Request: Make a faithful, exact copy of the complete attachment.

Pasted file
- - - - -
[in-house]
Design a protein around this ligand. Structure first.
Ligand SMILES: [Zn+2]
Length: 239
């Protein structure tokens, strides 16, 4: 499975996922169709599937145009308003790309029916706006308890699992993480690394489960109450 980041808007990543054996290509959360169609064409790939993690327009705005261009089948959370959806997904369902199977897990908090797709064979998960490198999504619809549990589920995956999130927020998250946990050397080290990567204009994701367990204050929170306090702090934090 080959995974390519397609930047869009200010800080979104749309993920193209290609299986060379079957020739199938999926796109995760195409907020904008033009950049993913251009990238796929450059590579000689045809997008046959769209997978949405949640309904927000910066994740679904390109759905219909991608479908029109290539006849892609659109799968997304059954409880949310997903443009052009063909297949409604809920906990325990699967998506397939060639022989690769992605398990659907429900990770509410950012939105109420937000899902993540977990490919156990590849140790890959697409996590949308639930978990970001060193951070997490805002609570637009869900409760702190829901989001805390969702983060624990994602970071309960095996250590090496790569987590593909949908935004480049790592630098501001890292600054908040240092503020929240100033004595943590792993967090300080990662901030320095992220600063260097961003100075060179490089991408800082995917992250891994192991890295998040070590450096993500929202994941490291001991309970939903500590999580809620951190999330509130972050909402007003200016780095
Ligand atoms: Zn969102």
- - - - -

[in-house]
Design a protein around this ligand. Structure first.
Ligand SMILES: [Zn+2]
Length: 239
């Protein structure tokens, strides 16, 4: 499975996922169709599937145009308003790309029916706006308890699992993480690394489960109450 980041808007990543054996290509959360169609064409790939993690327009705005261009089948959370959806997904369902199977897990908090797709064979998960490198999504619809549990589920995956999130927020998250946990050397080290990567204009994701367990204050929170306090702090934090 080959995974390519397609930047869009200010800080979104749309993920193209290609299986060379079957020739199938999926796109995760195409907020904008033009950049993913251009990238796929450059590579000689045809997008046959769209997978949405949640309904927000910066994740679904390109759905219909991608479908029109290539006849892609659109799968997304059954409880949310997903443009052009063909297949409604809920906990325990699967998506397939060639022989690769992605398990659907429900990770509410950012939105109420937000899902993540977990490919156990590849140790890959697409996590949308639930978990970001060193951070997490805002609570637009869900409760702190829901989001805390969702983060624990994602970071309960095996250590090496790569987590593909949908935004480049790592630098501001890292600054908040240092503020929240100033004595943590792993967090300080990662901030320095992220600063260097961003100075060179490089991408800082995917992250891994192991890295998040070590450096993500929202994941490291001991309970939903500590999580809620951190999330509130972050909402007003200016780095
Ligand atoms: Zn969102």